Dermatitis again?? Bumblefoot?

Discussion in 'Health & General Care' started by glitchiq, Sep 5, 2016.

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  1. Sep 5, 2016 #1

    glitchiq

    glitchiq

    glitchiq

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    Wow, it has been awhile since I've been back on the forum! Unfortunately, I'm back in need of some health advice.

    I thought my two rescue boys had dermatitis that they were healing from; that's what the rescue told me. See that thread for background here (http://www.ratshackforum.com/forum/showthread.php?t=33833). I did the coconut oil that jorats and lilspaz advised for awhile, and once it seemed like everything was okay I stopped. However, I've noticed that their fur on their backs - particularly Mario's - is starting to thin again. I can see little scabs, and I'm worried that it's uncomfortable for them. I'm also wondering if it's even dermatitis, which is apparently rare in rats. However, I don't know if what's happening could be explained by mites/lice, especially since they seemed to improve for awhile. The only opportunity for mites to get into the house, aside from the boys, was when we got a couple of mice months ago (but they haven't shown any symptoms, are kept in a separate room, and I don't handle them back to back with the rats). Could it be chronic? Could it be a food allergy that's manifesting itself in their skin/coats?

    Alright, second health concern. I think my boys have bumblefoot, and I have no idea how. They live in a single CN with the standard plastic CN base pans. I do not line with fleece, instead I use blank newsprint/packing paper that I change every week, sometimes more. Ever since I noticed their poor feet, I've been using Clorox wipes to wipe down their base pans when I clean instead of organic baby wipes (which don't have as much cleaning power). I'm trying to keep everything germ-free. The only time they're on exposed wire is their litterbox. They would muck around in it and sleep in it before I put the little wire insert in. They did gain a little too much weight for my liking, so maybe there was extra pressure on their feet? I've been cutting down on treats and how much I put in their bowl, and it seems like it's been helping. Every time I think they're getting a little better, I check their cage and find little blots of blood from where someone's foot was acting up while they walked around. What can I do to actively help heal their feet? Is the surface I have them on too hard?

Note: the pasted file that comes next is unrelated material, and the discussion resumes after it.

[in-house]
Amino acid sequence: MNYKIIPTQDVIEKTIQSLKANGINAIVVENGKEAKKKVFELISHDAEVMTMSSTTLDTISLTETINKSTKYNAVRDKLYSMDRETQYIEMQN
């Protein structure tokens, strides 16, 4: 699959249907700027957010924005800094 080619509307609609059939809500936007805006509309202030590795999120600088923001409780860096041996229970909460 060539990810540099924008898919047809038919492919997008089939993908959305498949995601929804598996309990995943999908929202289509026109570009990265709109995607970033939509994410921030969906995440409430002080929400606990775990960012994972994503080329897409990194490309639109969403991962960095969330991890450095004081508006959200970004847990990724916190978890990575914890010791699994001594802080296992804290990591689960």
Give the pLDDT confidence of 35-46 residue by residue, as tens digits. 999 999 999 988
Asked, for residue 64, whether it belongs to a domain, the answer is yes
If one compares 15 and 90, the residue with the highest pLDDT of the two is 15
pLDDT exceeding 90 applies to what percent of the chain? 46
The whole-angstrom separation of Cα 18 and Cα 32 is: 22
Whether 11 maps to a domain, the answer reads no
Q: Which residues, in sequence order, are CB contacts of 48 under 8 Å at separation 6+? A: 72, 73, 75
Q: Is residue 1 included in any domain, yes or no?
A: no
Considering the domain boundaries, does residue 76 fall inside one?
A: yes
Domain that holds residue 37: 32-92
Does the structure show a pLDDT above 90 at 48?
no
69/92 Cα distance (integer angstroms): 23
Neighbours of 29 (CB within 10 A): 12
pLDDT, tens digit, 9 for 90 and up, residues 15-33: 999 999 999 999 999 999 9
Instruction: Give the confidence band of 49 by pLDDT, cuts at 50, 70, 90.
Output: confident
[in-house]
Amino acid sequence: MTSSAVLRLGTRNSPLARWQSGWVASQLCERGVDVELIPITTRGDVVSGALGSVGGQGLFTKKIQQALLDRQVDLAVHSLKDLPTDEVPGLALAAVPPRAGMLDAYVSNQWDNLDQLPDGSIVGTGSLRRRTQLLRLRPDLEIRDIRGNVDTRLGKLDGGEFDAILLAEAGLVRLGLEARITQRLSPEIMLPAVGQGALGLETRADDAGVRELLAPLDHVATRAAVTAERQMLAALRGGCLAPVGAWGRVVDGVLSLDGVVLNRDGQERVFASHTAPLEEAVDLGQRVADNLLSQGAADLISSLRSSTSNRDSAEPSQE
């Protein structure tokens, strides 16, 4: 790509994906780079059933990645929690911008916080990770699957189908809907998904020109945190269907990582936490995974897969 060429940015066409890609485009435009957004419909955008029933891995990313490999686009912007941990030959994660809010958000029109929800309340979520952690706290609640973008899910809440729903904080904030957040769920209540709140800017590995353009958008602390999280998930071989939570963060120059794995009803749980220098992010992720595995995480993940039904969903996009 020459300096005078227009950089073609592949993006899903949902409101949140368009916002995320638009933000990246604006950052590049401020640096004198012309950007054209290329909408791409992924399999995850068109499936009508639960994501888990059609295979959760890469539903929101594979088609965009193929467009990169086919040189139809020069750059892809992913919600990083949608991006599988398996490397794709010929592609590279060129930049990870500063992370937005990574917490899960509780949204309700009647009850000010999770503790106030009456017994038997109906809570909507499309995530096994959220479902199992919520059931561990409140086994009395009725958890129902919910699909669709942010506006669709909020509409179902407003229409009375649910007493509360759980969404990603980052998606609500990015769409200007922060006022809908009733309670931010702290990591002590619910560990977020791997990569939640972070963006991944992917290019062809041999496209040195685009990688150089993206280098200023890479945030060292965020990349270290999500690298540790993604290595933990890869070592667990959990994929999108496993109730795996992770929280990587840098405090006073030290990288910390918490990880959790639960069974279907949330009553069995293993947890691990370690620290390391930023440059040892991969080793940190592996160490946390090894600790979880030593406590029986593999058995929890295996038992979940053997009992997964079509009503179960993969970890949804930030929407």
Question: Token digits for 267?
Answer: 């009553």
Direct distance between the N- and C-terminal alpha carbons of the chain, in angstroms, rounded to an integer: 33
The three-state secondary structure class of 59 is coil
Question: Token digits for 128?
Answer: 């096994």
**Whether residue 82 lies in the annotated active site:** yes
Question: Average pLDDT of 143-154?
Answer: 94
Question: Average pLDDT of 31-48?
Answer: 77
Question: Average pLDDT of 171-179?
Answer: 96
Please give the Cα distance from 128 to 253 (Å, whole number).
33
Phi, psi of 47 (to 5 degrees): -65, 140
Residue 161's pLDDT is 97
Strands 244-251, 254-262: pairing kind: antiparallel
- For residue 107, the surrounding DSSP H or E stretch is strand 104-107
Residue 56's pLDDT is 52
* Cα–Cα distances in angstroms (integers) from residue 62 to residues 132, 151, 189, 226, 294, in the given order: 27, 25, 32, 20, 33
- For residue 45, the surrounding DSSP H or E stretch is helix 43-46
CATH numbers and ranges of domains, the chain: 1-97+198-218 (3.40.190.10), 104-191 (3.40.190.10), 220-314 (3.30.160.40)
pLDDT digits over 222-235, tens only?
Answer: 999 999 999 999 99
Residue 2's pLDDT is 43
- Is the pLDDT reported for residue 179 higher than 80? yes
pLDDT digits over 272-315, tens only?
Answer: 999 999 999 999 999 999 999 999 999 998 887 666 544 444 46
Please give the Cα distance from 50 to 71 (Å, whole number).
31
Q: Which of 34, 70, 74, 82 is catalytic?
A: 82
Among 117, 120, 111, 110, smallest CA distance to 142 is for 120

Thank you so much! I just feel like everything's flaring up with my boys all at once, and I want to help them.
     
  2. Sep 5, 2016 #2

    Petunia

    Petunia

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    I'm not at all familiar with either health issue but here's a link with info on bumblefoot
    http://ratguide.com/health/integumentary_skin/ulcerative_pododermatitis.php

    Mites are actually on rats all the time, they are just normally able to control them. when sick or under stress, the mites can kind of take over and cause symptoms, so perhaps treat them for mites and see if the scabs clear up

    if it's mites, they clear up very quickly with treatment (revolution spot on treatment)

    I'm sure someone else will be along soon with more or better info.
     
  3. Sep 6, 2016 #3

    lilspaz68

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    Did you ever treat the initial problem with Revolution?

    As for bumblefoot, its more a genetic issue that can be aggravated by excessive weight/old age (the heel of the foot is pressing down flat rather than the rat being up on its toes when they are younger). You treat the bumblefoot with blu-kote (unless there's infection then you use antibiotics first), make sure the bedding is very soft and pad everything you can. Can you get us a pic of the possible bumblefoot? Sometimes its just pressure sores that never get any worse.
     
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  4. Sep 8, 2016 #4

    glitchiq

    glitchiq

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    Thank you for the link!

    And I didn't know that about mites at all; I just assumed dermatitis because that's the info that the rescue gave me. What's interesting is that the neutered brothers were being kept with their sisters before I adopted them, but only the four boys displayed any thinning fur on their backs or scabs. Could treating them with revolution do any harm if mites isn't the problem?

    No, I didn't treat it at all. The rescue told me that they were recovering from dermatitis and had been given the all-clear from the vet. So, basically they were done with treatment, and their fur was just growing back. When it wasn't clearing up as quickly as I would have liked, I took to the forum and was advised to try coconut oil. So I did that for awhile, and they were looking good. Only recently have I noticed thinning fur again.